On the coldest and snowiest days of winter, Shades of Grace kept its doors open day and night, serving meals donated by congregations of various denominations to 160 people at a time and allowing the homeless to sleep on sofas, chairs or the floor.

“They’re completely different than any church I’ve ever seen,” said Grady White, a Kingsport Police Department officer who sometimes worships and eats with the congregation.

“They’re actually willing to get their hands dirty when they’re dealing with the homeless and other individuals that most people are not willing to work with,” he said. “And they’re right smack dab in the middle of where the homeless people are.”



Ally Kling, age 21, arrived at Shades of Grace on Good Friday. She came to Kingsport after leaving a domestic violence shelter in Iowa to join her new boyfriend. By the time she stepped off the bus in east Tennessee, it was raining buckets and the boyfriend had cut off all contact.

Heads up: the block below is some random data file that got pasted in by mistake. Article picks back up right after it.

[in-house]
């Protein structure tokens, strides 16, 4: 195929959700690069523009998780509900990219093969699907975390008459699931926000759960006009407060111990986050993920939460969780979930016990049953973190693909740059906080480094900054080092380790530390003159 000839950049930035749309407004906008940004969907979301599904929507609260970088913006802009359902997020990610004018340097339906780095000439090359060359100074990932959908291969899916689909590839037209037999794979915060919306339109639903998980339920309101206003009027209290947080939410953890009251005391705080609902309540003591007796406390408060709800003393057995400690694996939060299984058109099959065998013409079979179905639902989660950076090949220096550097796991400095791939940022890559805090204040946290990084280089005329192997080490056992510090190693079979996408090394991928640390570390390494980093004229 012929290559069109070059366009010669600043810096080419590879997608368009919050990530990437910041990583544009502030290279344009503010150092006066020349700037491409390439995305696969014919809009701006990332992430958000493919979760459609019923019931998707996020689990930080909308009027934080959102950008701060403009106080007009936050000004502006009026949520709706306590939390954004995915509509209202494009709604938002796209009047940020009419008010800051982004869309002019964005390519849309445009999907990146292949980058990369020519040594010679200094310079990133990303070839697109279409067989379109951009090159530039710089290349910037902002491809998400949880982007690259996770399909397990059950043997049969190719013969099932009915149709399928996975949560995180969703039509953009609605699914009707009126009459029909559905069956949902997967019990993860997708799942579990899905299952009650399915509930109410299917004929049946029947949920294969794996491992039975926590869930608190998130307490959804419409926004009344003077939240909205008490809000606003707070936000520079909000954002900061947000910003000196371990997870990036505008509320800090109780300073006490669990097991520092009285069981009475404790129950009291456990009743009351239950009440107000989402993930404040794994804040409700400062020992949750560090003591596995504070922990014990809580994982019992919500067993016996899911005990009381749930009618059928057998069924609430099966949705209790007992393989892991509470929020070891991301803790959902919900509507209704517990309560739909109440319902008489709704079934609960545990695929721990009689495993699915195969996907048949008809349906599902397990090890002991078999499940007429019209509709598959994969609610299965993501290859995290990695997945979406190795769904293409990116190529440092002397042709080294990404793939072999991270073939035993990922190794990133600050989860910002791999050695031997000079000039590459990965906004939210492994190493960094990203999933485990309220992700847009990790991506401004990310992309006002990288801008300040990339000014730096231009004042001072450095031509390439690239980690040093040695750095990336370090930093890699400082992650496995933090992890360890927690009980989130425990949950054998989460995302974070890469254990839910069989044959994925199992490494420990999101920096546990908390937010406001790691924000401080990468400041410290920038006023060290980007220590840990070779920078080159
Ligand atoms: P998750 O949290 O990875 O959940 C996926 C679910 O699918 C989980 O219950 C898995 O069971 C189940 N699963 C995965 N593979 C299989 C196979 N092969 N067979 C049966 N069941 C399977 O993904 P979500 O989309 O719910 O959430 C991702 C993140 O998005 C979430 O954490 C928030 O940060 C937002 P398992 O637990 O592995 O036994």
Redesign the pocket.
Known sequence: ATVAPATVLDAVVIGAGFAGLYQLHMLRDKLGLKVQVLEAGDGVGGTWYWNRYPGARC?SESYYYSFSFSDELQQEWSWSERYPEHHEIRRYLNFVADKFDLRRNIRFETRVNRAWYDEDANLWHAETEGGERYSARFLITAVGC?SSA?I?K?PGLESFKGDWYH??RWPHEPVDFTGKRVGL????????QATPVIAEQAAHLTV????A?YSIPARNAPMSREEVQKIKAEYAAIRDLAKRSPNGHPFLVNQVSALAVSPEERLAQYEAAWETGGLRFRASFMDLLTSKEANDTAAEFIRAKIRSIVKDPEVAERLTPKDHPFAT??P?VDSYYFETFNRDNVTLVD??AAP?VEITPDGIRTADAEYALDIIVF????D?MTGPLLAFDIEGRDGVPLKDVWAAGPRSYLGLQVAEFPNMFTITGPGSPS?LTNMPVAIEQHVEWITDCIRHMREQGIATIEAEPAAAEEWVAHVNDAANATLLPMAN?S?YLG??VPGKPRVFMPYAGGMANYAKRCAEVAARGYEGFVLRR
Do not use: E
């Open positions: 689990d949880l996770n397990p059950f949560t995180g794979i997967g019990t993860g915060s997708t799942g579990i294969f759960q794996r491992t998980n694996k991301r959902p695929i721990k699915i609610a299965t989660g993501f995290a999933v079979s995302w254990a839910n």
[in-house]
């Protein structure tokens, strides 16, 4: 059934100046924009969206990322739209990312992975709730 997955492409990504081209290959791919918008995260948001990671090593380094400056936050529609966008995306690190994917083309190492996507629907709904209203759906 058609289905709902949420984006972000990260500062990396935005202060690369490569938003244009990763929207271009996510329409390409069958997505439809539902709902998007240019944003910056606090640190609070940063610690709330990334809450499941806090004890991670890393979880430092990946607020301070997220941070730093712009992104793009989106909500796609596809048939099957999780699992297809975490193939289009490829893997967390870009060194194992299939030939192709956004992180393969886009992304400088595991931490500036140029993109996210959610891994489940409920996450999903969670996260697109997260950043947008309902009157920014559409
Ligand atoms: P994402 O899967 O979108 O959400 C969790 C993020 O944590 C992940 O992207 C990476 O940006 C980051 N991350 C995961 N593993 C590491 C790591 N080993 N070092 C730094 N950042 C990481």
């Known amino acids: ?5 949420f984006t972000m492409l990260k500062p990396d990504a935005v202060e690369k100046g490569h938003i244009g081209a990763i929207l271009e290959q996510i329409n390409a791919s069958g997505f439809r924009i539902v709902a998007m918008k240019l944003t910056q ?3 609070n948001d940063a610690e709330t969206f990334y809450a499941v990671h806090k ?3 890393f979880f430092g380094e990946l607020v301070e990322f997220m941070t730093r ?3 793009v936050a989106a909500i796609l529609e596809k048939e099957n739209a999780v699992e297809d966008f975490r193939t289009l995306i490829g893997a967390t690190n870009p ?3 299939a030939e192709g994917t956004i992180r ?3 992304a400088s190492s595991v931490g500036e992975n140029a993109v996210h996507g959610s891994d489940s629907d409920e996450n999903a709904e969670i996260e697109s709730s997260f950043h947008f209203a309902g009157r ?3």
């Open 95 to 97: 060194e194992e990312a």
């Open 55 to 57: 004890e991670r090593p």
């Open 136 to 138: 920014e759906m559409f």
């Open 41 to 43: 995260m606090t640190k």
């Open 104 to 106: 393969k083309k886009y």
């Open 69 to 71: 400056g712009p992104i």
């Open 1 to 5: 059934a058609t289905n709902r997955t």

“I was walking up and down the sidewalk with no place to go,” said Kling. “Pastor Will poked his head out the door, looked and me said, ‘Do you want to walk with us when we carry the cross?’”

Kling slumped into the pastor’s arms, weeping and heartbroken.

Shewey was in the midst of organizing a Good Friday observance on the downtown streets, but he and his congregants quickly turned their attention to the newcomer.

“This church is amazing. They don’t judge,” said Kling. “They saw me on the side of the street with my bags, and they said, ‘Come in. Come get dry. Eat.’ And they prayed and prayed for me.’”

Today, Kling is among a group of regulars who worship at Shades of Grace and join in its daily activities, while sleeping at night under bridges, behind city buildings, in tents, or at the Salvation Army.